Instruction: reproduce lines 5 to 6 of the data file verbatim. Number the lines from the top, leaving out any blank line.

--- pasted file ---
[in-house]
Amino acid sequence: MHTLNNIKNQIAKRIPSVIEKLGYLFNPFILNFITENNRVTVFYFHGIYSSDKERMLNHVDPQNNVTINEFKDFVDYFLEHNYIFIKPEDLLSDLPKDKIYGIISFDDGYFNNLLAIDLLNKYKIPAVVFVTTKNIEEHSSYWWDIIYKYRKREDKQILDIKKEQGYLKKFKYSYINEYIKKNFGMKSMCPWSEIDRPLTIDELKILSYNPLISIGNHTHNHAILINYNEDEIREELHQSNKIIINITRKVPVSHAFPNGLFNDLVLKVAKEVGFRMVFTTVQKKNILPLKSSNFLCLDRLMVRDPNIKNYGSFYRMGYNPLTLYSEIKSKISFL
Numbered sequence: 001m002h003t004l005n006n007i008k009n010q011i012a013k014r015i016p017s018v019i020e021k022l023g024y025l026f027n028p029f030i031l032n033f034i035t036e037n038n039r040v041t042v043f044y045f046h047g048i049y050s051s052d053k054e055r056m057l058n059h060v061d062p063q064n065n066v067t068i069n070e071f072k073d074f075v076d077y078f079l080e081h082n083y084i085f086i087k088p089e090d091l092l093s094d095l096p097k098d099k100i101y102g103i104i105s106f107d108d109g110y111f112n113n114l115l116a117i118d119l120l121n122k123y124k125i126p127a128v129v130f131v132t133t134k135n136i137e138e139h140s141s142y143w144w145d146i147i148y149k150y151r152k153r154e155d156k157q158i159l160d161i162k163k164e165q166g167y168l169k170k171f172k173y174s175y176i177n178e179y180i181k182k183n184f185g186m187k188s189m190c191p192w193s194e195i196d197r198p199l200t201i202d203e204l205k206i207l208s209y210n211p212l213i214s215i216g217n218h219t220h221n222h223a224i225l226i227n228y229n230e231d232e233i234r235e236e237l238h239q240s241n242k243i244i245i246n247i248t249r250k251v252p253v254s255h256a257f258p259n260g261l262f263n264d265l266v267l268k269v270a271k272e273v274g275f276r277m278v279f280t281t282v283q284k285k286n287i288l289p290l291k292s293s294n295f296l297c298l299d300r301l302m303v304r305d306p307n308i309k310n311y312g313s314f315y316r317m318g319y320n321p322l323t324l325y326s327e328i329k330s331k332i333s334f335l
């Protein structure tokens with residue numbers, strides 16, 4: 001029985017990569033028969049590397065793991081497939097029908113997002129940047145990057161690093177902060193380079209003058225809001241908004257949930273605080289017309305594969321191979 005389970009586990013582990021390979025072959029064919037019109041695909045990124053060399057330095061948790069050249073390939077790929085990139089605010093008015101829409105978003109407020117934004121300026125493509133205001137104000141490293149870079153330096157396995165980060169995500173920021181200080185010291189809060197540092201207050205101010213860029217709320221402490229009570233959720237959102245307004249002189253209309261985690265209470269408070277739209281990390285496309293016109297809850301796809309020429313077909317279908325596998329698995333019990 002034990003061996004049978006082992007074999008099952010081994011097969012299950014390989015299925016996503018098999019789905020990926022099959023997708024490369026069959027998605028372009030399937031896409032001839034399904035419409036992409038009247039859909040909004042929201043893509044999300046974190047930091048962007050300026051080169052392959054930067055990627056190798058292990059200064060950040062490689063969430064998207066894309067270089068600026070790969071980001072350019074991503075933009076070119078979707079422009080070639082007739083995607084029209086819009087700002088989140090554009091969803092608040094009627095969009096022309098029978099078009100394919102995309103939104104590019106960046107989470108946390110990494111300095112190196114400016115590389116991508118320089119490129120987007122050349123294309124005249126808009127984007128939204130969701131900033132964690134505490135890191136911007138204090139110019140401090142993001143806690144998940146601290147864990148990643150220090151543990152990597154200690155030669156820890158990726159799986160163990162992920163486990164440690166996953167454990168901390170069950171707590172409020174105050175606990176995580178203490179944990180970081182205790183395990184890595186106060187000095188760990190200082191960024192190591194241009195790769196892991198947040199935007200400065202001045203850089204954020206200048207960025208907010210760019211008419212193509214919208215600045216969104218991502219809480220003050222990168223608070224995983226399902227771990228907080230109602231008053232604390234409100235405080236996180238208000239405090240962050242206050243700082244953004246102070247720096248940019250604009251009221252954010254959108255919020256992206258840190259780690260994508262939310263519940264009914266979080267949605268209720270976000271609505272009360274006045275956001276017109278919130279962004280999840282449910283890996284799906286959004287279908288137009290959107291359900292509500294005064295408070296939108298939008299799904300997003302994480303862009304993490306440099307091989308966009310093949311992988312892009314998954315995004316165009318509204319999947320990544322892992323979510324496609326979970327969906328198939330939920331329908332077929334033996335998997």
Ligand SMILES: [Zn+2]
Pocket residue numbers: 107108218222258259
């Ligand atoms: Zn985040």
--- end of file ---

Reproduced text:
Ligand SMILES: [Zn+2]
Pocket residue numbers: 107108218222258259